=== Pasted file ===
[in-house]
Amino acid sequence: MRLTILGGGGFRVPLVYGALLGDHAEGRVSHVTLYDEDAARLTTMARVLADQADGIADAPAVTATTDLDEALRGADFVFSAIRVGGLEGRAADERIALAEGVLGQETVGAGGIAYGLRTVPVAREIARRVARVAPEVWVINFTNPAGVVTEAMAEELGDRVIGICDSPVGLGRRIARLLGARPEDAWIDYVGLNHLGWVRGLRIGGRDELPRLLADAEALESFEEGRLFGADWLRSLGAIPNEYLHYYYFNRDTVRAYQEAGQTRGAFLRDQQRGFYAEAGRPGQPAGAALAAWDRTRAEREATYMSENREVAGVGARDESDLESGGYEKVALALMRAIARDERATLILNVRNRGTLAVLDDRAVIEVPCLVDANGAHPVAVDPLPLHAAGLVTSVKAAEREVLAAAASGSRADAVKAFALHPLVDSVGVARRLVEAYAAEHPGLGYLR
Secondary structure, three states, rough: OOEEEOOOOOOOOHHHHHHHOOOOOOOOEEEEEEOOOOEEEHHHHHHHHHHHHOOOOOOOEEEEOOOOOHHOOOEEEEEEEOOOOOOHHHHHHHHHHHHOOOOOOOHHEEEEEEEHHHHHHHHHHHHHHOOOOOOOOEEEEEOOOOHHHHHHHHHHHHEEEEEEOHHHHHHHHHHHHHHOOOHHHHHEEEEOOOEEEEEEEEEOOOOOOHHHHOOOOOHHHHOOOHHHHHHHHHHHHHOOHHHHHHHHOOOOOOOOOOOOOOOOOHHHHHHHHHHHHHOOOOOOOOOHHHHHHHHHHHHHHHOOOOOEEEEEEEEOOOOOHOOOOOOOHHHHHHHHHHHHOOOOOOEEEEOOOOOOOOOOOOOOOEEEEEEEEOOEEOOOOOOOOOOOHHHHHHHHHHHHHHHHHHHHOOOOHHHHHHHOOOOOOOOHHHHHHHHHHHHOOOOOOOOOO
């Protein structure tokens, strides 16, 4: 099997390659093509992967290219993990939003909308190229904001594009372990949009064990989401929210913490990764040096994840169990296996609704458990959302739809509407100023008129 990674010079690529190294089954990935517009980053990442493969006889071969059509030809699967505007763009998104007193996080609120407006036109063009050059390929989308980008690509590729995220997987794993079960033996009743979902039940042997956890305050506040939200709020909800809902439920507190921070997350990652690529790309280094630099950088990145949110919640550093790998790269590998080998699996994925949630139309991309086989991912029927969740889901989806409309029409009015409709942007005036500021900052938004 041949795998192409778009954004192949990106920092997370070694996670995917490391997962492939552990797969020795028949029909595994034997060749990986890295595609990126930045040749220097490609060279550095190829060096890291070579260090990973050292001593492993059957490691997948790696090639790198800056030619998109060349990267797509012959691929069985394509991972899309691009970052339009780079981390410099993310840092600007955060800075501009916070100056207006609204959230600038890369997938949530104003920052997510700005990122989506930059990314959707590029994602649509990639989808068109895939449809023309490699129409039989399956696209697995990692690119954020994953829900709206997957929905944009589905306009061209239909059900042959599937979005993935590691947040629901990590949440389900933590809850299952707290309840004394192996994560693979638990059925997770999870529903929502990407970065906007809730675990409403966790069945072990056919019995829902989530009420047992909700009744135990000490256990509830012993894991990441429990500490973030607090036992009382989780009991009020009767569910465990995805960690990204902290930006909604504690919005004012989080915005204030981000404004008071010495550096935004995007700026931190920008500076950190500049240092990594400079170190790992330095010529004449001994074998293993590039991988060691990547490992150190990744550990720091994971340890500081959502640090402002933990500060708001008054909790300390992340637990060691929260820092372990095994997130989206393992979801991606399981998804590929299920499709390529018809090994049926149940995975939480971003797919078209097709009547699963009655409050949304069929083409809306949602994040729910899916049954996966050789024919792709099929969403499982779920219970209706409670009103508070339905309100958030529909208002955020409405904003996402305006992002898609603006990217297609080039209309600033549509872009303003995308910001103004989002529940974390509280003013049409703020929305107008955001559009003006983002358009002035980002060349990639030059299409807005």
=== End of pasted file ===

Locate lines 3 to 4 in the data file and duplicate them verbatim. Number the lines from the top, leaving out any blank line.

Secondary structure, three states, rough: OOEEEOOOOOOOOHHHHHHHOOOOOOOOEEEEEEOOOOEEEHHHHHHHHHHHHOOOOOOOEEEEOOOOOHHOOOEEEEEEEOOOOOOHHHHHHHHHHHHOOOOOOOHHEEEEEEEHHHHHHHHHHHHHHOOOOOOOOEEEEEOOOOHHHHHHHHHHHHEEEEEEOHHHHHHHHHHHHHHOOOHHHHHEEEEOOOEEEEEEEEEOOOOOOHHHHOOOOOHHHHOOOHHHHHHHHHHHHHOOHHHHHHHHOOOOOOOOOOOOOOOOOHHHHHHHHHHHHHOOOOOOOOOHHHHHHHHHHHHHHHOOOOOEEEEEEEEOOOOOHOOOOOOOHHHHHHHHHHHHOOOOOOEEEEOOOOOOOOOOOOOOOEEEEEEEEOOEEOOOOOOOOOOOHHHHHHHHHHHHHHHHHHHHOOOOHHHHHHHOOOOOOOOHHHHHHHHHHHHOOOOOOOOOO
């Protein structure tokens, strides 16, 4: 099997390659093509992967290219993990939003909308190229904001594009372990949009064990989401929210913490990764040096994840169990296996609704458990959302739809509407100023008129 990674010079690529190294089954990935517009980053990442493969006889071969059509030809699967505007763009998104007193996080609120407006036109063009050059390929989308980008690509590729995220997987794993079960033996009743979902039940042997956890305050506040939200709020909800809902439920507190921070997350990652690529790309280094630099950088990145949110919640550093790998790269590998080998699996994925949630139309991309086989991912029927969740889901989806409309029409009015409709942007005036500021900052938004 041949795998192409778009954004192949990106920092997370070694996670995917490391997962492939552990797969020795028949029909595994034997060749990986890295595609990126930045040749220097490609060279550095190829060096890291070579260090990973050292001593492993059957490691997948790696090639790198800056030619998109060349990267797509012959691929069985394509991972899309691009970052339009780079981390410099993310840092600007955060800075501009916070100056207006609204959230600038890369997938949530104003920052997510700005990122989506930059990314959707590029994602649509990639989808068109895939449809023309490699129409039989399956696209697995990692690119954020994953829900709206997957929905944009589905306009061209239909059900042959599937979005993935590691947040629901990590949440389900933590809850299952707290309840004394192996994560693979638990059925997770999870529903929502990407970065906007809730675990409403966790069945072990056919019995829902989530009420047992909700009744135990000490256990509830012993894991990441429990500490973030607090036992009382989780009991009020009767569910465990995805960690990204902290930006909604504690919005004012989080915005204030981000404004008071010495550096935004995007700026931190920008500076950190500049240092990594400079170190790992330095010529004449001994074998293993590039991988060691990547490992150190990744550990720091994971340890500081959502640090402002933990500060708001008054909790300390992340637990060691929260820092372990095994997130989206393992979801991606399981998804590929299920499709390529018809090994049926149940995975939480971003797919078209097709009547699963009655409050949304069929083409809306949602994040729910899916049954996966050789024919792709099929969403499982779920219970209706409670009103508070339905309100958030529909208002955020409405904003996402305006992002898609603006990217297609080039209309600033549509872009303003995308910001103004989002529940974390509280003013049409703020929305107008955001559009003006983002358009002035980002060349990639030059299409807005």